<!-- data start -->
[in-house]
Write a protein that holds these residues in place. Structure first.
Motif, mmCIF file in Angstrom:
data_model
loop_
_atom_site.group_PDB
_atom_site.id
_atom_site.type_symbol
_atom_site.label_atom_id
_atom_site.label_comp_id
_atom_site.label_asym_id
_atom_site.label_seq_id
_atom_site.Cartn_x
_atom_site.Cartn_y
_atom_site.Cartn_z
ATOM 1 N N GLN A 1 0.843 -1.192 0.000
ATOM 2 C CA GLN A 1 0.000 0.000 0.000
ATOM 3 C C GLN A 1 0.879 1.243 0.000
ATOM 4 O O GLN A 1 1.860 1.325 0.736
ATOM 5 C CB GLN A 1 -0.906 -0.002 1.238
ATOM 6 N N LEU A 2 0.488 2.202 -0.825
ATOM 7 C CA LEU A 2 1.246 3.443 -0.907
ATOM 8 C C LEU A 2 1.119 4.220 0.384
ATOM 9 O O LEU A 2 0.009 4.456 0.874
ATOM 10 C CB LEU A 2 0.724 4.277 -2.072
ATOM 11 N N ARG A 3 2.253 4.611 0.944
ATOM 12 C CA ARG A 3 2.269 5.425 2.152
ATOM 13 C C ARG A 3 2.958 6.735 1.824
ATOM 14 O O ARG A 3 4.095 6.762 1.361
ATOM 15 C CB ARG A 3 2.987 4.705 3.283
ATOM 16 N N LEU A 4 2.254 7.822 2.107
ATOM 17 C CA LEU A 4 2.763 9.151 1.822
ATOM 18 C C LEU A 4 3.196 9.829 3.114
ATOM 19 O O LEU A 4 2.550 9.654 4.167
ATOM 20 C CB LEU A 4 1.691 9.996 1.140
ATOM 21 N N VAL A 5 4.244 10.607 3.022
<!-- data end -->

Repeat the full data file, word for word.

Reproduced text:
[in-house]
Write a protein that holds these residues in place. Structure first.
Motif, mmCIF file in Angstrom:
data_model
loop_
_atom_site.group_PDB
_atom_site.id
_atom_site.type_symbol
_atom_site.label_atom_id
_atom_site.label_comp_id
_atom_site.label_asym_id
_atom_site.label_seq_id
_atom_site.Cartn_x
_atom_site.Cartn_y
_atom_site.Cartn_z
ATOM 1 N N GLN A 1 0.843 -1.192 0.000
ATOM 2 C CA GLN A 1 0.000 0.000 0.000
ATOM 3 C C GLN A 1 0.879 1.243 0.000
ATOM 4 O O GLN A 1 1.860 1.325 0.736
ATOM 5 C CB GLN A 1 -0.906 -0.002 1.238
ATOM 6 N N LEU A 2 0.488 2.202 -0.825
ATOM 7 C CA LEU A 2 1.246 3.443 -0.907
ATOM 8 C C LEU A 2 1.119 4.220 0.384
ATOM 9 O O LEU A 2 0.009 4.456 0.874
ATOM 10 C CB LEU A 2 0.724 4.277 -2.072
ATOM 11 N N ARG A 3 2.253 4.611 0.944
ATOM 12 C CA ARG A 3 2.269 5.425 2.152
ATOM 13 C C ARG A 3 2.958 6.735 1.824
ATOM 14 O O ARG A 3 4.095 6.762 1.361
ATOM 15 C CB ARG A 3 2.987 4.705 3.283
ATOM 16 N N LEU A 4 2.254 7.822 2.107
ATOM 17 C CA LEU A 4 2.763 9.151 1.822
ATOM 18 C C LEU A 4 3.196 9.829 3.114
ATOM 19 O O LEU A 4 2.550 9.654 4.167
ATOM 20 C CB LEU A 4 1.691 9.996 1.140
ATOM 21 N N VAL A 5 4.244 10.607 3.022